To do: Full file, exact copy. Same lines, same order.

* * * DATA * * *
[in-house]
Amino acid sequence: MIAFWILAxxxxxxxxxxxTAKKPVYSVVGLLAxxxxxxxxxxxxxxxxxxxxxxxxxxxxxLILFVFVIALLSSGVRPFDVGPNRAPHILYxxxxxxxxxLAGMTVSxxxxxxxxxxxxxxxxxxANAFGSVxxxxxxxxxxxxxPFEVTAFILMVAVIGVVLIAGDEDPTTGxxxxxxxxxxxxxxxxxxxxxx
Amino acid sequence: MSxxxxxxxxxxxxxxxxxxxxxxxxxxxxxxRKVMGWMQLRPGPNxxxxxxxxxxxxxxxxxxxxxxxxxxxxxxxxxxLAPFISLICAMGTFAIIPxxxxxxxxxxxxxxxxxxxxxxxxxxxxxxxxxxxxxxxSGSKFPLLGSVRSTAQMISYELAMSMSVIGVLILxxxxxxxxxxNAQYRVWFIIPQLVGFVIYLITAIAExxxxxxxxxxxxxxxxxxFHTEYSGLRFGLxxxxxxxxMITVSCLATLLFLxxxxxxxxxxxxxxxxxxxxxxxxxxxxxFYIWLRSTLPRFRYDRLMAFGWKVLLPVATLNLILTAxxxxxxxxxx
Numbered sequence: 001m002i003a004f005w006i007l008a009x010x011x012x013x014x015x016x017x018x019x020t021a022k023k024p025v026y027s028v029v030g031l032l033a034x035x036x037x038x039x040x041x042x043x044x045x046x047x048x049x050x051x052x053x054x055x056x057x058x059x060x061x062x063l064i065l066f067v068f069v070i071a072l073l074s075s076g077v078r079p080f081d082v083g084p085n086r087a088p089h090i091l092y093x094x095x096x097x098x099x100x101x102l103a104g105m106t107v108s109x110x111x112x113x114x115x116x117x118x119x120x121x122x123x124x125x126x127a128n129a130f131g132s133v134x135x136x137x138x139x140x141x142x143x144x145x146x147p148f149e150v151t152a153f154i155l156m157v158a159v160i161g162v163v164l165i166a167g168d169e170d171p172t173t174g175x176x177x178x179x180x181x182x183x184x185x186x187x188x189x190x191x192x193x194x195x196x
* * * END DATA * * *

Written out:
[in-house]
Amino acid sequence: MIAFWILAxxxxxxxxxxxTAKKPVYSVVGLLAxxxxxxxxxxxxxxxxxxxxxxxxxxxxxLILFVFVIALLSSGVRPFDVGPNRAPHILYxxxxxxxxxLAGMTVSxxxxxxxxxxxxxxxxxxANAFGSVxxxxxxxxxxxxxPFEVTAFILMVAVIGVVLIAGDEDPTTGxxxxxxxxxxxxxxxxxxxxxx
Amino acid sequence: MSxxxxxxxxxxxxxxxxxxxxxxxxxxxxxxRKVMGWMQLRPGPNxxxxxxxxxxxxxxxxxxxxxxxxxxxxxxxxxxLAPFISLICAMGTFAIIPxxxxxxxxxxxxxxxxxxxxxxxxxxxxxxxxxxxxxxxSGSKFPLLGSVRSTAQMISYELAMSMSVIGVLILxxxxxxxxxxNAQYRVWFIIPQLVGFVIYLITAIAExxxxxxxxxxxxxxxxxxFHTEYSGLRFGLxxxxxxxxMITVSCLATLLFLxxxxxxxxxxxxxxxxxxxxxxxxxxxxxFYIWLRSTLPRFRYDRLMAFGWKVLLPVATLNLILTAxxxxxxxxxx
Numbered sequence: 001m002i003a004f005w006i007l008a009x010x011x012x013x014x015x016x017x018x019x020t021a022k023k024p025v026y027s028v029v030g031l032l033a034x035x036x037x038x039x040x041x042x043x044x045x046x047x048x049x050x051x052x053x054x055x056x057x058x059x060x061x062x063l064i065l066f067v068f069v070i071a072l073l074s075s076g077v078r079p080f081d082v083g084p085n086r087a088p089h090i091l092y093x094x095x096x097x098x099x100x101x102l103a104g105m106t107v108s109x110x111x112x113x114x115x116x117x118x119x120x121x122x123x124x125x126x127a128n129a130f131g132s133v134x135x136x137x138x139x140x141x142x143x144x145x146x147p148f149e150v151t152a153f154i155l156m157v158a159v160i161g162v163v164l165i166a167g168d169e170d171p172t173t174g175x176x177x178x179x180x181x182x183x184x185x186x187x188x189x190x191x192x193x194x195x196x